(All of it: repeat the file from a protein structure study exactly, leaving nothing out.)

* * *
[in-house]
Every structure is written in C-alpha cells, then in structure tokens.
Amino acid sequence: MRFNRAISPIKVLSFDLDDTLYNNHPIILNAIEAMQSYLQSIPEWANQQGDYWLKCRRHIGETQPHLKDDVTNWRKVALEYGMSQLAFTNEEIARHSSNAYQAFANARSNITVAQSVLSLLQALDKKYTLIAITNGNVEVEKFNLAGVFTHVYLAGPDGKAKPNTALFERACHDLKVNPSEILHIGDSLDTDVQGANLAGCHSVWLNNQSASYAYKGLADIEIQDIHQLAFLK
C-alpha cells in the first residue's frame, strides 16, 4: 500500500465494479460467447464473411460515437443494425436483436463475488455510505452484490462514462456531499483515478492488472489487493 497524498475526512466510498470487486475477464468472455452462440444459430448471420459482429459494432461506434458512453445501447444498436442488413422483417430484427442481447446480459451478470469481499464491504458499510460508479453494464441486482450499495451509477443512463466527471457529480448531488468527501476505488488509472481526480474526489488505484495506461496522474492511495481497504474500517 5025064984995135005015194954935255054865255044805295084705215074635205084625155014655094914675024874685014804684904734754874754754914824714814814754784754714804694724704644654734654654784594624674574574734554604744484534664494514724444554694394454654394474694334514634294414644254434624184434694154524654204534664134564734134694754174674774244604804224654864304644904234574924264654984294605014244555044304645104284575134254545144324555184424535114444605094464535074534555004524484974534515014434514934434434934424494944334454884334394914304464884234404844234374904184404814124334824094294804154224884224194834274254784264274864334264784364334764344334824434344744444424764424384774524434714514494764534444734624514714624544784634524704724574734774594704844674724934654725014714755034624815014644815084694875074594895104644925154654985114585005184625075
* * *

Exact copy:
[in-house]
Every structure is written in C-alpha cells, then in structure tokens.
Amino acid sequence: MRFNRAISPIKVLSFDLDDTLYNNHPIILNAIEAMQSYLQSIPEWANQQGDYWLKCRRHIGETQPHLKDDVTNWRKVALEYGMSQLAFTNEEIARHSSNAYQAFANARSNITVAQSVLSLLQALDKKYTLIAITNGNVEVEKFNLAGVFTHVYLAGPDGKAKPNTALFERACHDLKVNPSEILHIGDSLDTDVQGANLAGCHSVWLNNQSASYAYKGLADIEIQDIHQLAFLK
C-alpha cells in the first residue's frame, strides 16, 4: 500500500465494479460467447464473411460515437443494425436483436463475488455510505452484490462514462456531499483515478492488472489487493 497524498475526512466510498470487486475477464468472455452462440444459430448471420459482429459494432461506434458512453445501447444498436442488413422483417430484427442481447446480459451478470469481499464491504458499510460508479453494464441486482450499495451509477443512463466527471457529480448531488468527501476505488488509472481526480474526489488505484495506461496522474492511495481497504474500517 5025064984995135005015194954935255054865255044805295084705215074635205084625155014655094914675024874685014804684904734754874754754914824714814814754784754714804694724704644654734654654784594624674574574734554604744484534664494514724444554694394454654394474694334514634294414644254434624184434694154524654204534664134564734134694754174674774244604804224654864304644904234574924264654984294605014244555044304645104284575134254545144324555184424535114444605094464535074534555004524484974534515014434514934434434934424494944334454884334394914304464884234404844234374904184404814124334824094294804154224884224194834274254784264274864334264784364334764344334824434344744444424764424384774524434714514494764534444734624514714624544784634524704724574734774594704844674724934654725014714755034624815014644815084694875074594895104644925154654985114585005184625075